Perhaps in retrospect, the surprise is not that the project appears to have failed but that it ever got off the ground. That happened, Rabbi Hirsch said, when Rabbi Reinman received permission from rabbinic scholars in his community to go ahead with the book, which was published in late August. In his acknowledgements in the book, Rabbi Reinman thanks Rabbi Sholom Kamenetsky and his father, Rabbi Shmuel Kamenetsky, who reviewed material in the book, and two rabbis in Israel, Noach Weinberg and Dr. Shalom Srebrenik of Arachim Institute.
It was unclear this week just who initiated the pressure on Rabbi Reinman to pull out of the book tour, but it began in Lakewood, a strong haredi community, when posters critical of the book appeared in the halls of the yeshiva there, one of the largest in the world.
The Jewish Press, the Orthodox newspaper in Brooklyn, published two editorials this month disapproving of the book as breaching a longstanding Orthodox ban on engaging Reform Jews in “public discourse on religious issues” out of concern for legitimizing the movement.
“We at The Jewish Press hasten to do our part to disseminate this delegitimization of the book,” one editorial said. (Such thinking did not stop the newspaper’s sales staff from soliciting ads from the book’s publisher, though, according to Schocken officials.)
The six-member Moetzes, including Rabbi Shmuel Kamenetsky, issued a strong statement against the book, asserting that it “represents a blurring of boundaries between darkness and light, and an undermining of Jewish religious tradition. That tradition, handed down to us from Sinai, is distorted in the pages of the book through the words of one who falsifies Torah.
“What is more,” the statement continues, “the general impression left by the book promotes the unacceptable notion that there is some parity between two legitimate approaches to Judaism, as if to say, ‘Here, dear reader, are two ways of seeing the world. Feel free to choose as you wish.’ Such is a debasement of the essence of the Jewish faith.”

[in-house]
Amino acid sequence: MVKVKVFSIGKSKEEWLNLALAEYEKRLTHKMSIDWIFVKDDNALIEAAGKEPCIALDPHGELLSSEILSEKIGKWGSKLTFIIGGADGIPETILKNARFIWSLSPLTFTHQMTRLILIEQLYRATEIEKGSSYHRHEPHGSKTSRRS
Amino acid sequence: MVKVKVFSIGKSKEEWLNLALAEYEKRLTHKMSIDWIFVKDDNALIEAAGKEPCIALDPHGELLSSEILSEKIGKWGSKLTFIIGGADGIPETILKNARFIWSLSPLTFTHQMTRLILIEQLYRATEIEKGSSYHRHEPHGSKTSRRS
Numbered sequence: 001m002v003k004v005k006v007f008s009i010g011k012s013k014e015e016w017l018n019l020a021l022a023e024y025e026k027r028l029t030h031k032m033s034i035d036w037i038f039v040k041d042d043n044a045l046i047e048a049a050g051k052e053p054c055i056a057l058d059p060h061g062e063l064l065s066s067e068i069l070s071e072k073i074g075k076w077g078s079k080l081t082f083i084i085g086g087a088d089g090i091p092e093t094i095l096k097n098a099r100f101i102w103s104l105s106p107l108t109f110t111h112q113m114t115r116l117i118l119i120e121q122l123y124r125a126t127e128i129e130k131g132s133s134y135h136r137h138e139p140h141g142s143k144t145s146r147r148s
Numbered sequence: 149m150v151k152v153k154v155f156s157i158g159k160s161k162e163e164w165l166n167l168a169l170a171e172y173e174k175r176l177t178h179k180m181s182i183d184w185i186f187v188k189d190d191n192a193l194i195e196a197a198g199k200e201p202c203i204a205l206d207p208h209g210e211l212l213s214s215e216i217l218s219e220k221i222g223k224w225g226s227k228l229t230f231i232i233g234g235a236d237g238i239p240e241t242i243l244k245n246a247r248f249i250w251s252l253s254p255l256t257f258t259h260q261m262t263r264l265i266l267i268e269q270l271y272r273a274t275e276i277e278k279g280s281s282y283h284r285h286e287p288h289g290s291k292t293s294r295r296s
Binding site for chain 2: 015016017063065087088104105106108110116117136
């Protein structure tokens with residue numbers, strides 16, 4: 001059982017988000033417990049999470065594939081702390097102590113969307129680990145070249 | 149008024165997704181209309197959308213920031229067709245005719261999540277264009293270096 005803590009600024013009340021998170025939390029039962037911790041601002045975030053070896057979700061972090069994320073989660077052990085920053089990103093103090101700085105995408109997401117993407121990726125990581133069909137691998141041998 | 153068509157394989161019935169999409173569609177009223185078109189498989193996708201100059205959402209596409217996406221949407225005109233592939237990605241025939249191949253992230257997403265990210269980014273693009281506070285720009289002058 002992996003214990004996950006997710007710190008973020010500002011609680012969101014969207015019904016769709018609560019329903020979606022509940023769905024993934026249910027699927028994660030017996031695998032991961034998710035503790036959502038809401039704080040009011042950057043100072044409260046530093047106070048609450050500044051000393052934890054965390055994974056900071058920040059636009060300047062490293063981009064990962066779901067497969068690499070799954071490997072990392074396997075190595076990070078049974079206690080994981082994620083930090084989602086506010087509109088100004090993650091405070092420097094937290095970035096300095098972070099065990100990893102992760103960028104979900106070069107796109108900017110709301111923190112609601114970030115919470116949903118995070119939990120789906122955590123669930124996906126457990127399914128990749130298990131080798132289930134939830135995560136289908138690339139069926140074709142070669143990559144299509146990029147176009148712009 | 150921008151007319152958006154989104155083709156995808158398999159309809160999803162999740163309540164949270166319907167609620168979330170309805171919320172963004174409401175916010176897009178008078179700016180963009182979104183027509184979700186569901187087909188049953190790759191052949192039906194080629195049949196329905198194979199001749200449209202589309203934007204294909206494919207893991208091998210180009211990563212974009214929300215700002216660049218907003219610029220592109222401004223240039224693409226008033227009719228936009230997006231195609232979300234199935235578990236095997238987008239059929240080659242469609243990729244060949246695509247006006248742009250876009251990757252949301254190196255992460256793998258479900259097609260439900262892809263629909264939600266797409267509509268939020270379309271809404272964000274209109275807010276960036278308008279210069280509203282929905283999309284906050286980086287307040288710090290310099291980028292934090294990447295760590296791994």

Rabbi Kamenetsky, rosh yeshiva of the Yeshiva of Philadelphia, could not be reached for comment regarding what appears to be a change of heart about the book, but sources say he signed the Moetzes statement under duress.
As for the thin line between the positive goal of kiruv, or religious outreach to Jews who are not Orthodox, and concern about legitimizing non-Orthodox movements and their leaders, Rabbi Avi Shafran, a spokesman for Agudath Israel, which follows the rulings of the Moetzes, said that “in our zeal we have to be careful how we present things” in a manner that is dignified and “in keeping with the mesorah,” or tradition.
One wonders if the sages are mindful of, or care, that the perception many non-Orthodox Jews have is that their Orthodox brethren look down on and fear any social contact between the two groups. Misunderstanding, resentment and anger would seem to be a natural byproduct.
That’s part of what led to the motivation for the Hirsch-Reinman book in the first place, no doubt.
For now, Schocken’s Altie Karper says Jewish book fair coordinators will have “a hard time explaining to the thousands of unaffiliated Jews who would have had the opportunity to meet and talk with Yosef [Reinman] — who is a brilliant and articulate scholar, who radiates love for his fellow Jews and who makes a kiddush Hashem [blessing] wherever he goes — why they have suddenly had that opportunity taken away from them.”
It is more than a shame that this noble effort to close the denominational gap between Jews has only resulted in its growing wider.
Gary Rosenblatt’s e-mail address is Gary@jewishweek.org.